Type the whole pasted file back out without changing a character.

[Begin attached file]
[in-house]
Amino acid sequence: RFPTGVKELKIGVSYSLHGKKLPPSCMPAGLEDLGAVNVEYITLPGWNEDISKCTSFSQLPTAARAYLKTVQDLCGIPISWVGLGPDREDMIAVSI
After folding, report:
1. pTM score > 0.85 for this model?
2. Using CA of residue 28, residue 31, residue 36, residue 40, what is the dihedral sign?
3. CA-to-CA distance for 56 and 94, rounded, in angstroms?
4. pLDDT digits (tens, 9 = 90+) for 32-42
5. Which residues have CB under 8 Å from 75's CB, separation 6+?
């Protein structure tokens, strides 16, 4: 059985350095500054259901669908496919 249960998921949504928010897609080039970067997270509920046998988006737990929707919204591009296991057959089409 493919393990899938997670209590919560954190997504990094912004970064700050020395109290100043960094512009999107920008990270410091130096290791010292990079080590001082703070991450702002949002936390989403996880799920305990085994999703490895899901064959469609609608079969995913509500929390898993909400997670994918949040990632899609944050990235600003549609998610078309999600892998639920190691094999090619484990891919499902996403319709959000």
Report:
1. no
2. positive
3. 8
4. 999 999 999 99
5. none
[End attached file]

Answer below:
[in-house]
Amino acid sequence: RFPTGVKELKIGVSYSLHGKKLPPSCMPAGLEDLGAVNVEYITLPGWNEDISKCTSFSQLPTAARAYLKTVQDLCGIPISWVGLGPDREDMIAVSI
After folding, report:
1. pTM score > 0.85 for this model?
2. Using CA of residue 28, residue 31, residue 36, residue 40, what is the dihedral sign?
3. CA-to-CA distance for 56 and 94, rounded, in angstroms?
4. pLDDT digits (tens, 9 = 90+) for 32-42
5. Which residues have CB under 8 Å from 75's CB, separation 6+?
């Protein structure tokens, strides 16, 4: 059985350095500054259901669908496919 249960998921949504928010897609080039970067997270509920046998988006737990929707919204591009296991057959089409 493919393990899938997670209590919560954190997504990094912004970064700050020395109290100043960094512009999107920008990270410091130096290791010292990079080590001082703070991450702002949002936390989403996880799920305990085994999703490895899901064959469609609608079969995913509500929390898993909400997670994918949040990632899609944050990235600003549609998610078309999600892998639920190691094999090619484990891919499902996403319709959000």
Report:
1. no
2. positive
3. 8
4. 999 999 999 99
5. none